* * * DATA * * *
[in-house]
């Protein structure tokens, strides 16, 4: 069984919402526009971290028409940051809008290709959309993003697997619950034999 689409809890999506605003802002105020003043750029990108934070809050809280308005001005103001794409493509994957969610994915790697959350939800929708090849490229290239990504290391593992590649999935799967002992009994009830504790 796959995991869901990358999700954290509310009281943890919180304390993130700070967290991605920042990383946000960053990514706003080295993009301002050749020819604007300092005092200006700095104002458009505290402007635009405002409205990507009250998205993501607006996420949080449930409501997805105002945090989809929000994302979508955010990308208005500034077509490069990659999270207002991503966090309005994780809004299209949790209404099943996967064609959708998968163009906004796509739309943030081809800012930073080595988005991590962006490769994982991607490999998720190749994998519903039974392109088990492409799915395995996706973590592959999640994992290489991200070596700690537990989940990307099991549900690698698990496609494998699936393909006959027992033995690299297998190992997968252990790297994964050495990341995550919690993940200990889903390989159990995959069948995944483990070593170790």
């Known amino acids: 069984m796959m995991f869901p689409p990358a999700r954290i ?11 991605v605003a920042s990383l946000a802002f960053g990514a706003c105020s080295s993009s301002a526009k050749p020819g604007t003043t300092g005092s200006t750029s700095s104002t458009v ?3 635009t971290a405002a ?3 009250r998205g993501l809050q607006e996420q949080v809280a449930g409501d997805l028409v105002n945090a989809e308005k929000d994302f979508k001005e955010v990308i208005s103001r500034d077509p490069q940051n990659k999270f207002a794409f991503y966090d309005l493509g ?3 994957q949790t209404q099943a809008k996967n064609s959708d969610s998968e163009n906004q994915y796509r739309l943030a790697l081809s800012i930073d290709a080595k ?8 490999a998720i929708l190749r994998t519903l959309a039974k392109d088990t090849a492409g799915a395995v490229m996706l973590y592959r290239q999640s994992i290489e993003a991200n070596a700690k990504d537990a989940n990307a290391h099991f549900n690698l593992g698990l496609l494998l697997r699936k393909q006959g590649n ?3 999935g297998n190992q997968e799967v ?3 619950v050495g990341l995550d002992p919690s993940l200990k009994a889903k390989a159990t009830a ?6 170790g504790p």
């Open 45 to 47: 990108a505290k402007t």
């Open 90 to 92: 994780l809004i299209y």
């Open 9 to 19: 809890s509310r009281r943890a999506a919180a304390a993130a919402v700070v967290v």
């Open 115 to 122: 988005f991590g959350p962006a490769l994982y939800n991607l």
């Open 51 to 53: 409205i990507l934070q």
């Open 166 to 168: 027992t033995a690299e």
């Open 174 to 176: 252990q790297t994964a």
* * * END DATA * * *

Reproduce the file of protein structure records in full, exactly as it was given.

[in-house]
């Protein structure tokens, strides 16, 4: 069984919402526009971290028409940051809008290709959309993003697997619950034999 689409809890999506605003802002105020003043750029990108934070809050809280308005001005103001794409493509994957969610994915790697959350939800929708090849490229290239990504290391593992590649999935799967002992009994009830504790 796959995991869901990358999700954290509310009281943890919180304390993130700070967290991605920042990383946000960053990514706003080295993009301002050749020819604007300092005092200006700095104002458009505290402007635009405002409205990507009250998205993501607006996420949080449930409501997805105002945090989809929000994302979508955010990308208005500034077509490069990659999270207002991503966090309005994780809004299209949790209404099943996967064609959708998968163009906004796509739309943030081809800012930073080595988005991590962006490769994982991607490999998720190749994998519903039974392109088990492409799915395995996706973590592959999640994992290489991200070596700690537990989940990307099991549900690698698990496609494998699936393909006959027992033995690299297998190992997968252990790297994964050495990341995550919690993940200990889903390989159990995959069948995944483990070593170790």
């Known amino acids: 069984m796959m995991f869901p689409p990358a999700r954290i ?11 991605v605003a920042s990383l946000a802002f960053g990514a706003c105020s080295s993009s301002a526009k050749p020819g604007t003043t300092g005092s200006t750029s700095s104002t458009v ?3 635009t971290a405002a ?3 009250r998205g993501l809050q607006e996420q949080v809280a449930g409501d997805l028409v105002n945090a989809e308005k929000d994302f979508k001005e955010v990308i208005s103001r500034d077509p490069q940051n990659k999270f207002a794409f991503y966090d309005l493509g ?3 994957q949790t209404q099943a809008k996967n064609s959708d969610s998968e163009n906004q994915y796509r739309l943030a790697l081809s800012i930073d290709a080595k ?8 490999a998720i929708l190749r994998t519903l959309a039974k392109d088990t090849a492409g799915a395995v490229m996706l973590y592959r290239q999640s994992i290489e993003a991200n070596a700690k990504d537990a989940n990307a290391h099991f549900n690698l593992g698990l496609l494998l697997r699936k393909q006959g590649n ?3 999935g297998n190992q997968e799967v ?3 619950v050495g990341l995550d002992p919690s993940l200990k009994a889903k390989a159990t009830a ?6 170790g504790p």
């Open 45 to 47: 990108a505290k402007t």
């Open 90 to 92: 994780l809004i299209y």
């Open 9 to 19: 809890s509310r009281r943890a999506a919180a304390a993130a919402v700070v967290v």
């Open 115 to 122: 988005f991590g959350p962006a490769l994982y939800n991607l």
């Open 51 to 53: 409205i990507l934070q």
């Open 166 to 168: 027992t033995a690299e």
């Open 174 to 176: 252990q790297t994964a």